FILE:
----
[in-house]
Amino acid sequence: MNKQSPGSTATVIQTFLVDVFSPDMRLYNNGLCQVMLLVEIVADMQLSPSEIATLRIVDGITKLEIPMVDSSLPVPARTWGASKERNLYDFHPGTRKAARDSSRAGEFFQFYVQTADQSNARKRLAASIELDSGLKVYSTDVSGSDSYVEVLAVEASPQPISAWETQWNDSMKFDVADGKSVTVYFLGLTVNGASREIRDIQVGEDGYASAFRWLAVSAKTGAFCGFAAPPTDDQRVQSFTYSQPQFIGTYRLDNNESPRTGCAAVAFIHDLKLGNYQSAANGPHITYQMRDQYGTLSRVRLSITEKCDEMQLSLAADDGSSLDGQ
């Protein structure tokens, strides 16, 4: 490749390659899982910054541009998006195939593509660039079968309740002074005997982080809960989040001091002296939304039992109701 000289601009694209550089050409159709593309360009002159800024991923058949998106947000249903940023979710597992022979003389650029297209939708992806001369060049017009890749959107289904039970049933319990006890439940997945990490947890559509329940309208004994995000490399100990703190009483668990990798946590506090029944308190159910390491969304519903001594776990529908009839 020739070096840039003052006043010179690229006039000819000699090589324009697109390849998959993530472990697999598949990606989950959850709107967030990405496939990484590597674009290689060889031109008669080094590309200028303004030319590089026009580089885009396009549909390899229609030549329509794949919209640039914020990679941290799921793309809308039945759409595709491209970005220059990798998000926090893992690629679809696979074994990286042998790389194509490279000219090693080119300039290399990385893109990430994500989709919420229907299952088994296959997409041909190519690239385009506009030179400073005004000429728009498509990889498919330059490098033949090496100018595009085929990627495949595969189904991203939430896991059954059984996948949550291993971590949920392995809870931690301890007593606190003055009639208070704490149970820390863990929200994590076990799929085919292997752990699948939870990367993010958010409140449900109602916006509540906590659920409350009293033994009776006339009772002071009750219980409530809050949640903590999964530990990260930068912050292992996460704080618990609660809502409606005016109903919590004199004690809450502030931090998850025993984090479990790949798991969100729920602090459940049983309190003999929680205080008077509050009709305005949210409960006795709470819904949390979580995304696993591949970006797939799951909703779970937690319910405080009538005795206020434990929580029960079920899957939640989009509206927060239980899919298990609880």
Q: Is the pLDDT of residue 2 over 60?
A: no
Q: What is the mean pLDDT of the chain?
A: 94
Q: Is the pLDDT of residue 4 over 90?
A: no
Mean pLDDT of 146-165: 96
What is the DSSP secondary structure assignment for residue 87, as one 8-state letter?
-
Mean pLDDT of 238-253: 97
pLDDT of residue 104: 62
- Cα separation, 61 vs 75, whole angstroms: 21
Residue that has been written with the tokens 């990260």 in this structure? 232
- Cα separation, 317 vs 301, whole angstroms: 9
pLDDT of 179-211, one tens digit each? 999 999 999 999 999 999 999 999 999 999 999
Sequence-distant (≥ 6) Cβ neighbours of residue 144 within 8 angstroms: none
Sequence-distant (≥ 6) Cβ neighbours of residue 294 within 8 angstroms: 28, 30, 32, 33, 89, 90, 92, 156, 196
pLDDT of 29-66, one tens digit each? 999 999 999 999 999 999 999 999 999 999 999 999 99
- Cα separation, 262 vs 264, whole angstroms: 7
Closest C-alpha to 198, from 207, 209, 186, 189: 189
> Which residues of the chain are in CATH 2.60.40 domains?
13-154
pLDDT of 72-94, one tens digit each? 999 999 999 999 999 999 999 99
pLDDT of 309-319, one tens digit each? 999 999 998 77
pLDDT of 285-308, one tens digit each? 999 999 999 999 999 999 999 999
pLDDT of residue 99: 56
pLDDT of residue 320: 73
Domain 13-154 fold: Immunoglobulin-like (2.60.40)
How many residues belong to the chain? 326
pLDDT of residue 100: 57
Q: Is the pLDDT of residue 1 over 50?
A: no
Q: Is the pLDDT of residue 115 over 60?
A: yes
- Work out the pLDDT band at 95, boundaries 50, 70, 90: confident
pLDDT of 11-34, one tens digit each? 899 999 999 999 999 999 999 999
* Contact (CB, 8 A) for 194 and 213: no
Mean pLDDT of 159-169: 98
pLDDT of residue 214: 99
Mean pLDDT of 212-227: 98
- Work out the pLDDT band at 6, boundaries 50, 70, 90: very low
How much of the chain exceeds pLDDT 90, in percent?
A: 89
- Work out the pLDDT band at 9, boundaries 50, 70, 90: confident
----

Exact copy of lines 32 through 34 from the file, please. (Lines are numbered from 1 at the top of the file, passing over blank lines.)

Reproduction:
How many residues belong to the chain? 326
pLDDT of residue 100: 57
Q: Is the pLDDT of residue 1 over 50?